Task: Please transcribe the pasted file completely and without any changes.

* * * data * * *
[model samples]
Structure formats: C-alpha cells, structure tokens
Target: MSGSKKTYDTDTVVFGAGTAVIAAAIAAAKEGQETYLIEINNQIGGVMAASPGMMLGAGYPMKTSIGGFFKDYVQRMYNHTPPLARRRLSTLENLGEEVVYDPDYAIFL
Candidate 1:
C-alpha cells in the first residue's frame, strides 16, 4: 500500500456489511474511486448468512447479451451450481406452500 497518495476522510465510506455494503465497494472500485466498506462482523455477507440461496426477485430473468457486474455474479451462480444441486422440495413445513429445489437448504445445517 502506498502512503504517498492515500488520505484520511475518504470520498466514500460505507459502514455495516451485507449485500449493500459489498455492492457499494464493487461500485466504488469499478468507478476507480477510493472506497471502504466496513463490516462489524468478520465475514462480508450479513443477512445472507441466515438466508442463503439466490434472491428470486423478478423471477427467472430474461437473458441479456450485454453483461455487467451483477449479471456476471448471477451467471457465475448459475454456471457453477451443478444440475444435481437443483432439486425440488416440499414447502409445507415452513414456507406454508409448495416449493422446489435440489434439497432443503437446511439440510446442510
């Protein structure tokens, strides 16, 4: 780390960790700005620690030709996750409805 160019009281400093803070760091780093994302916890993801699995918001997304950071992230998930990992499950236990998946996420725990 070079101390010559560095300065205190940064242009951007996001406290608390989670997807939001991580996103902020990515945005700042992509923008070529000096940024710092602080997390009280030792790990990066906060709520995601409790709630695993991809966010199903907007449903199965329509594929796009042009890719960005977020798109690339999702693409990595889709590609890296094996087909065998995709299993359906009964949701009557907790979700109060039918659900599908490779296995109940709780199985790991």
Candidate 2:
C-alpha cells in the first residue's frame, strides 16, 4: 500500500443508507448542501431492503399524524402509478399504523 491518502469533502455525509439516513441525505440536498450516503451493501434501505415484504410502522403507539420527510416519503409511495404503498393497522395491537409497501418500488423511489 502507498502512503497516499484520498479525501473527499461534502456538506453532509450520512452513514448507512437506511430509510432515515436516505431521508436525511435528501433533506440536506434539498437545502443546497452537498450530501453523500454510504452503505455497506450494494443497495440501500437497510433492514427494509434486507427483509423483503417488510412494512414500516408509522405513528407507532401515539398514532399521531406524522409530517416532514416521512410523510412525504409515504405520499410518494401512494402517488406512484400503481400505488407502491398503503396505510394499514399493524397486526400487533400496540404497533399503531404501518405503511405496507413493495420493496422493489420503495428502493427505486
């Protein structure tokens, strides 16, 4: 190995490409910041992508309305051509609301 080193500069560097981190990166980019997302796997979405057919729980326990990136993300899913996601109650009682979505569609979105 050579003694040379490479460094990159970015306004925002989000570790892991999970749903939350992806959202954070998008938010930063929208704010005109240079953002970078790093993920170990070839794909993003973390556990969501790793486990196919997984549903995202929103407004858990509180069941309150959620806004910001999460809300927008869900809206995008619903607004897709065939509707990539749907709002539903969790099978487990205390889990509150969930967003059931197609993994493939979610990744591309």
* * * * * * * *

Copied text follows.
[model samples]
Structure formats: C-alpha cells, structure tokens
Target: MSGSKKTYDTDTVVFGAGTAVIAAAIAAAKEGQETYLIEINNQIGGVMAASPGMMLGAGYPMKTSIGGFFKDYVQRMYNHTPPLARRRLSTLENLGEEVVYDPDYAIFL
Candidate 1:
C-alpha cells in the first residue's frame, strides 16, 4: 500500500456489511474511486448468512447479451451450481406452500 497518495476522510465510506455494503465497494472500485466498506462482523455477507440461496426477485430473468457486474455474479451462480444441486422440495413445513429445489437448504445445517 502506498502512503504517498492515500488520505484520511475518504470520498466514500460505507459502514455495516451485507449485500449493500459489498455492492457499494464493487461500485466504488469499478468507478476507480477510493472506497471502504466496513463490516462489524468478520465475514462480508450479513443477512445472507441466515438466508442463503439466490434472491428470486423478478423471477427467472430474461437473458441479456450485454453483461455487467451483477449479471456476471448471477451467471457465475448459475454456471457453477451443478444440475444435481437443483432439486425440488416440499414447502409445507415452513414456507406454508409448495416449493422446489435440489434439497432443503437446511439440510446442510
């Protein structure tokens, strides 16, 4: 780390960790700005620690030709996750409805 160019009281400093803070760091780093994302916890993801699995918001997304950071992230998930990992499950236990998946996420725990 070079101390010559560095300065205190940064242009951007996001406290608390989670997807939001991580996103902020990515945005700042992509923008070529000096940024710092602080997390009280030792790990990066906060709520995601409790709630695993991809966010199903907007449903199965329509594929796009042009890719960005977020798109690339999702693409990595889709590609890296094996087909065998995709299993359906009964949701009557907790979700109060039918659900599908490779296995109940709780199985790991």
Candidate 2:
C-alpha cells in the first residue's frame, strides 16, 4: 500500500443508507448542501431492503399524524402509478399504523 491518502469533502455525509439516513441525505440536498450516503451493501434501505415484504410502522403507539420527510416519503409511495404503498393497522395491537409497501418500488423511489 502507498502512503497516499484520498479525501473527499461534502456538506453532509450520512452513514448507512437506511430509510432515515436516505431521508436525511435528501433533506440536506434539498437545502443546497452537498450530501453523500454510504452503505455497506450494494443497495440501500437497510433492514427494509434486507427483509423483503417488510412494512414500516408509522405513528407507532401515539398514532399521531406524522409530517416532514416521512410523510412525504409515504405520499410518494401512494402517488406512484400503481400505488407502491398503503396505510394499514399493524397486526400487533400496540404497533399503531404501518405503511405496507413493495420493496422493489420503495428502493427505486
């Protein structure tokens, strides 16, 4: 190995490409910041992508309305051509609301 080193500069560097981190990166980019997302796997979405057919729980326990990136993300899913996601109650009682979505569609979105 050579003694040379490479460094990159970015306004925002989000570790892991999970749903939350992806959202954070998008938010930063929208704010005109240079953002970078790093993920170990070839794909993003973390556990969501790793486990196919997984549903995202929103407004858990509180069941309150959620806004910001999460809300927008869900809206995008619903607004897709065939509707990539749907709002539903969790099978487990205390889990509150969930967003059931197609993994493939979610990744591309």